Finnerud Pine Forest, SNA #31 (222/675)

Finnerud Pine Forest encompasses an old-growth red pine forest, bog, and lake shoreline.  The site is owned by the University of Wisconsin System via the Board of Regents and is managed by the UW Arboretum.  Visits require advanced permission.

I am grateful to the UW Arboretum for allowing me to visit the several natural areas that they own.  On this day, I visited Finnerud Pine Forest, one of the few remaining places in the state to contain a large stand of old-growth red pine.  Located on rolling topography, the trees seemed to ebb and flow above the undulations.  Cheerful squirrels played on the branches above while I kept a watchful eye for bears below (though none were seen on this day).  The groundlayer is fairly sparse as you would expect for a pine-heavy forest.  I would not mind another visit to the site and am thinking that winter would be particularly beautiful here.  Additionally, a sphagnum bog is found on the site, the siren call of which still sounds.

More of my photos (and full-res) from Finnerud Pine Forest can be viewed here.

Additional Information

SNA # 31
County Oneida
Natural Communities / Geology Pine Forest, Bog, Lake
Size (Acres) 115
Parking Roadside
Trails Yes
Easy to Find Yes
Best Seen By Foot
Marked Boundaries No
Ownership UW Board of Regents; More info: Wisconsin DNR
Located Within


Dates Visited 7.3.11

Oneida County
Location not disclosed

2 Comments Add yours

  1. Alexander Sprague, son of Ann Finnerud Moyer says:

    I am the grandson of Clark and Gertrude Finnerud who donated this property to the University of Wisconsin.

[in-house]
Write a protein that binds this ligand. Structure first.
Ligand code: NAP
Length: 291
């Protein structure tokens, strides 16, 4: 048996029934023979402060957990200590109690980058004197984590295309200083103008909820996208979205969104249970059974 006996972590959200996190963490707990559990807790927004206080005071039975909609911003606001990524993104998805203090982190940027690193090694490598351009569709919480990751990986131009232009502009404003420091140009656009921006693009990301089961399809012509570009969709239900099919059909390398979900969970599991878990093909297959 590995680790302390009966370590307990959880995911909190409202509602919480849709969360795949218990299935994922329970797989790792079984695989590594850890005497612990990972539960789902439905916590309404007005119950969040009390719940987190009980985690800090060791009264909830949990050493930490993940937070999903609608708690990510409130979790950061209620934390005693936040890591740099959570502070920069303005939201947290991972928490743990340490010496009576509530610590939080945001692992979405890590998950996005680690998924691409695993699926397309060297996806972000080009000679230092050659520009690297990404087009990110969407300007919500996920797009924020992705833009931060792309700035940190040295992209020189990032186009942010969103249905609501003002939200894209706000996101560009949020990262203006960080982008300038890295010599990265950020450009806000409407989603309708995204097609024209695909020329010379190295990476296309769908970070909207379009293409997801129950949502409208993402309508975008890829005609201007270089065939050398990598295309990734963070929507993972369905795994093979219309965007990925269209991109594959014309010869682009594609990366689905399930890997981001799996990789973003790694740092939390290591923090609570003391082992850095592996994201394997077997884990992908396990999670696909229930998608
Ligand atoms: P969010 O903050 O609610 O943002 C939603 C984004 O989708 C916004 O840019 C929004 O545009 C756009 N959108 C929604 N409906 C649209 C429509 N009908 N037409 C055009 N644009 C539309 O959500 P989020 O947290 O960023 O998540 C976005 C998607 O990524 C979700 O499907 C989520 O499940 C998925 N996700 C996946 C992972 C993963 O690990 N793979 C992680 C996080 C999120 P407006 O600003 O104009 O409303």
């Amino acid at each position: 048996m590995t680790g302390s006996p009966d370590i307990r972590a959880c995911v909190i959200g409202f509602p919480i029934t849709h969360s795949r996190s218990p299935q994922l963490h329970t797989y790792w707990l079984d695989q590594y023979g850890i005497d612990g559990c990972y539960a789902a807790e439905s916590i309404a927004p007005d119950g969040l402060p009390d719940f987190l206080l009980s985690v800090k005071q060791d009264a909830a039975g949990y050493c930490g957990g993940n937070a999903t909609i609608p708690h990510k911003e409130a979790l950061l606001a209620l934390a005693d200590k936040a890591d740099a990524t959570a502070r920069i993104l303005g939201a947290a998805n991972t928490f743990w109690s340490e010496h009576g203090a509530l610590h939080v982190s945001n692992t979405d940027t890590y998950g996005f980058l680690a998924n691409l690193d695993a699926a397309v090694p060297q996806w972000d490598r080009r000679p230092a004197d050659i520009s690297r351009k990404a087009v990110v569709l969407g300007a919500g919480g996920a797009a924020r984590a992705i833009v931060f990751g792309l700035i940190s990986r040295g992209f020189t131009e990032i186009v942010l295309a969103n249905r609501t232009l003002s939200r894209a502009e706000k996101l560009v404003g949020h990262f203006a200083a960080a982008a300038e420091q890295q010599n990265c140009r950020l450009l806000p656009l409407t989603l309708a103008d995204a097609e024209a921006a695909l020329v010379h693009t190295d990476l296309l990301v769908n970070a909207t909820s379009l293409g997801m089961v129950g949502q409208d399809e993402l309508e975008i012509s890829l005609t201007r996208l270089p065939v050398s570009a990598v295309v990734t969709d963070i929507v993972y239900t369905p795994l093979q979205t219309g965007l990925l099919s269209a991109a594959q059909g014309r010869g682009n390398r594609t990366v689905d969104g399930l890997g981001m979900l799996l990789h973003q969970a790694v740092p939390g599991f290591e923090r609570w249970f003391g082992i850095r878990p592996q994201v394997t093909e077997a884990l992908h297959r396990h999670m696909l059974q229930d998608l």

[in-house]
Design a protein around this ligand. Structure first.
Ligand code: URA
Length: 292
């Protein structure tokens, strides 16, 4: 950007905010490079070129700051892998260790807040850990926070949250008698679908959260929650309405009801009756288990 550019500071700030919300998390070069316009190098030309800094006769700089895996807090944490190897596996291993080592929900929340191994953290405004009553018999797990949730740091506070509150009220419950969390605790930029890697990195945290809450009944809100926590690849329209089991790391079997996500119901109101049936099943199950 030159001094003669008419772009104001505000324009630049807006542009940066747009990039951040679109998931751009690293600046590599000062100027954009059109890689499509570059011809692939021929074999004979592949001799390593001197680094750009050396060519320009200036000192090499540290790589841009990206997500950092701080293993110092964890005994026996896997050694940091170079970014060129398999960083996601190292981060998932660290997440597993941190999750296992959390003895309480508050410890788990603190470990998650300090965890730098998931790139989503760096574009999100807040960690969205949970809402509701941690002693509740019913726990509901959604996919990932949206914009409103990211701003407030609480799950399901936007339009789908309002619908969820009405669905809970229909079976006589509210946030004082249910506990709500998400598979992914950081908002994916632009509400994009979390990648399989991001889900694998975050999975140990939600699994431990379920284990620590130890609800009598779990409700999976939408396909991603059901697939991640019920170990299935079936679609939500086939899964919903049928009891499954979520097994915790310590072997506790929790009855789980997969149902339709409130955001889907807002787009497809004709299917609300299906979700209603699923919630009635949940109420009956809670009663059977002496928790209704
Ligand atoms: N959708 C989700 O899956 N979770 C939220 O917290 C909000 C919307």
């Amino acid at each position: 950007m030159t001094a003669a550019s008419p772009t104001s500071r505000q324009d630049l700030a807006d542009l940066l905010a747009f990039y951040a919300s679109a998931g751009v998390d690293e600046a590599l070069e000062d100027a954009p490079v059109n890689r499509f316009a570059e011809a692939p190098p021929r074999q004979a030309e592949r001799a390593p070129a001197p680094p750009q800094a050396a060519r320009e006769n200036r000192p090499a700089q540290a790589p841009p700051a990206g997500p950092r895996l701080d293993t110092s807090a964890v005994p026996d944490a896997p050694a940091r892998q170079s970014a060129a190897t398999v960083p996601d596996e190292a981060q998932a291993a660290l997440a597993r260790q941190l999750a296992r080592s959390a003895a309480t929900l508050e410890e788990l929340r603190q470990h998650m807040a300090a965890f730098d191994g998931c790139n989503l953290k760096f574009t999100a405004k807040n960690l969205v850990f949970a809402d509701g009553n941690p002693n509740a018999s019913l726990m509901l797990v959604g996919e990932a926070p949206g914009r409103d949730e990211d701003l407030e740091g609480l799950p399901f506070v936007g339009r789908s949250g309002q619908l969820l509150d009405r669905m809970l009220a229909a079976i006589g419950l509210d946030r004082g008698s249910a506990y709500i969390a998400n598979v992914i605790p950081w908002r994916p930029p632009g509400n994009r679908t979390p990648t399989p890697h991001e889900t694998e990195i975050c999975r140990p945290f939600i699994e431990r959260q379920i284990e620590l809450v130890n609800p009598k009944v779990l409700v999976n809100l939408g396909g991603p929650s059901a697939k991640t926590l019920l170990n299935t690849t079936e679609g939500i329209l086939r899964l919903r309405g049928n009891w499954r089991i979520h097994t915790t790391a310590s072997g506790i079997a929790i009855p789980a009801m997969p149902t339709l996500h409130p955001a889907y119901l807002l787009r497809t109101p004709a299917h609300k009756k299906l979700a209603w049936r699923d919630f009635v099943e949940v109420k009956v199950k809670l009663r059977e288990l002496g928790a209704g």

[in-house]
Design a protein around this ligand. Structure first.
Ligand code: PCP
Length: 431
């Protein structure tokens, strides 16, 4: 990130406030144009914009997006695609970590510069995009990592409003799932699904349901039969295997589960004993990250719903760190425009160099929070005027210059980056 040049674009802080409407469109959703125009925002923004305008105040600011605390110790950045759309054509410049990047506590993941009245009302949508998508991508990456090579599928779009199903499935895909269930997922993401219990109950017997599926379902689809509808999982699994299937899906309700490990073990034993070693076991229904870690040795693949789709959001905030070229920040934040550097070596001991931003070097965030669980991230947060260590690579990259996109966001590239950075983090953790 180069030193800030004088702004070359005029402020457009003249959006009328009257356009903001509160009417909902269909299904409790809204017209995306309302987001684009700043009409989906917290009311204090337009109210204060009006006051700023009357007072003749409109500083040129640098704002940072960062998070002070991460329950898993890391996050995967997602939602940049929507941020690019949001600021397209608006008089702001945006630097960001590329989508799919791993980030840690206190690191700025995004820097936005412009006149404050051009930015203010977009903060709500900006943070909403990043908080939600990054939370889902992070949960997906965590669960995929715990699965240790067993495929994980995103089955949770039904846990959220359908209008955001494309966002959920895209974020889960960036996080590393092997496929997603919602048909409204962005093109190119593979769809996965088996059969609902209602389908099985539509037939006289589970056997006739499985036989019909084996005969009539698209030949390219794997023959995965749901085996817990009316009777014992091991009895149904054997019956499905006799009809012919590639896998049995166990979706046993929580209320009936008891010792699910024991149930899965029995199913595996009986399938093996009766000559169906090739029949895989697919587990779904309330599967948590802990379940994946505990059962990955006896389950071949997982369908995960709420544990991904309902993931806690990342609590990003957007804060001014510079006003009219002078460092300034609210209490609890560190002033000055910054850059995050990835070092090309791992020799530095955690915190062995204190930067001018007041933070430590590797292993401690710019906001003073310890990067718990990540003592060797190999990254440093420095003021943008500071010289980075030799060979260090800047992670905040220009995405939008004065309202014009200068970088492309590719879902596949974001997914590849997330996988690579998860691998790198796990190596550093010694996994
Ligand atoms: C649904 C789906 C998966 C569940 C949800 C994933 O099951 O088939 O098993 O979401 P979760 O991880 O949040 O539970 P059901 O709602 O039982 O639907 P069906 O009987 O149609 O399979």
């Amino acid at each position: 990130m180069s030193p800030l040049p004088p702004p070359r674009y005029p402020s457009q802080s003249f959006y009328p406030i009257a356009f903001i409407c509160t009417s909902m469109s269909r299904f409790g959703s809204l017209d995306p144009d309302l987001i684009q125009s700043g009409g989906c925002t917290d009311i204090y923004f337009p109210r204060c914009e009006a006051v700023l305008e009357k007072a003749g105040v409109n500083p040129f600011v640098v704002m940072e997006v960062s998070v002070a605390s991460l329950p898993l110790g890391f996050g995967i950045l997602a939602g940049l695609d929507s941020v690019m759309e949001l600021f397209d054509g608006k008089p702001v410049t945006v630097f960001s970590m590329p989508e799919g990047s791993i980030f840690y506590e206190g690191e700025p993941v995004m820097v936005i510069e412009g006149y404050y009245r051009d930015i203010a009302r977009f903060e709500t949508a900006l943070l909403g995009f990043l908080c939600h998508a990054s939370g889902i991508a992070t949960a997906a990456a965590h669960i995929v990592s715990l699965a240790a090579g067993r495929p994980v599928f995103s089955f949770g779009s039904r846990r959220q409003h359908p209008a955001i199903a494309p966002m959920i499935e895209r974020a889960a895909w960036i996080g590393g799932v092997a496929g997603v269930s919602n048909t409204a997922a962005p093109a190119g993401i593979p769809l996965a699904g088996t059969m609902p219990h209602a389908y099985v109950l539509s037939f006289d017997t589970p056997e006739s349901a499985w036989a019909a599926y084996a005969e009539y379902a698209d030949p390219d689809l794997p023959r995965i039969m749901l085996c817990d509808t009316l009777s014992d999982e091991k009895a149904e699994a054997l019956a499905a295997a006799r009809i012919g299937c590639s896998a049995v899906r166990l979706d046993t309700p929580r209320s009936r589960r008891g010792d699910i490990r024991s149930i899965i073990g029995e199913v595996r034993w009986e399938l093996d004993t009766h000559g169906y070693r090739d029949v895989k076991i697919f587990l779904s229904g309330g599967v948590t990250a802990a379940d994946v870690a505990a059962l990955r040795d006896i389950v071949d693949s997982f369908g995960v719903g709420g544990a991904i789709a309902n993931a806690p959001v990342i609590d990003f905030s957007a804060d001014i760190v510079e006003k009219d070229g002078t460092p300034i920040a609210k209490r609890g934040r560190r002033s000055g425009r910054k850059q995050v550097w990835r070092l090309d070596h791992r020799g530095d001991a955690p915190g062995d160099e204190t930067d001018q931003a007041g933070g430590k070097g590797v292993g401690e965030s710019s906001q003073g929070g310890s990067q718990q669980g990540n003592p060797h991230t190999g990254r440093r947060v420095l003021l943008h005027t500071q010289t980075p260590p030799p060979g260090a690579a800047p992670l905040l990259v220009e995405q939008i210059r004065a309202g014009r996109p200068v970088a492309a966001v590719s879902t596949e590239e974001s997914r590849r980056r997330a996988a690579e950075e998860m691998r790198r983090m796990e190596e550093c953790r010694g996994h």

My grandfather made a promise to the original owner of the property that it would never be split up or developed and aside from a huge chalet which burned down in the 1950s, my grandfather kept his word.
    It is truly an outstanding property and I; my brothers and sister have many fond memories of Pine Acres which is what the property was called.
    I remember the township was furious and tried to block the donation in court, but they failed to do so. The property was worth millions in both timber and development potentials.
    My brothers, myself, and my sister are very grateful that the University of Wisconsin has been such a great steward for the legacy of my grandparents and an incredible old growth forest.

    Kind Regards,
    Alex Sprague


  2. Bob Nussbaum says:

    I enjoyed a lovely day there, today. It is the antidote to the chaos that IS the Minocqua Chain, on a summer’s day! So grateful for the stewardship that realized that value is more than economic. Let’s all promise, to leave it alone, and be thankful for it’s very existence.


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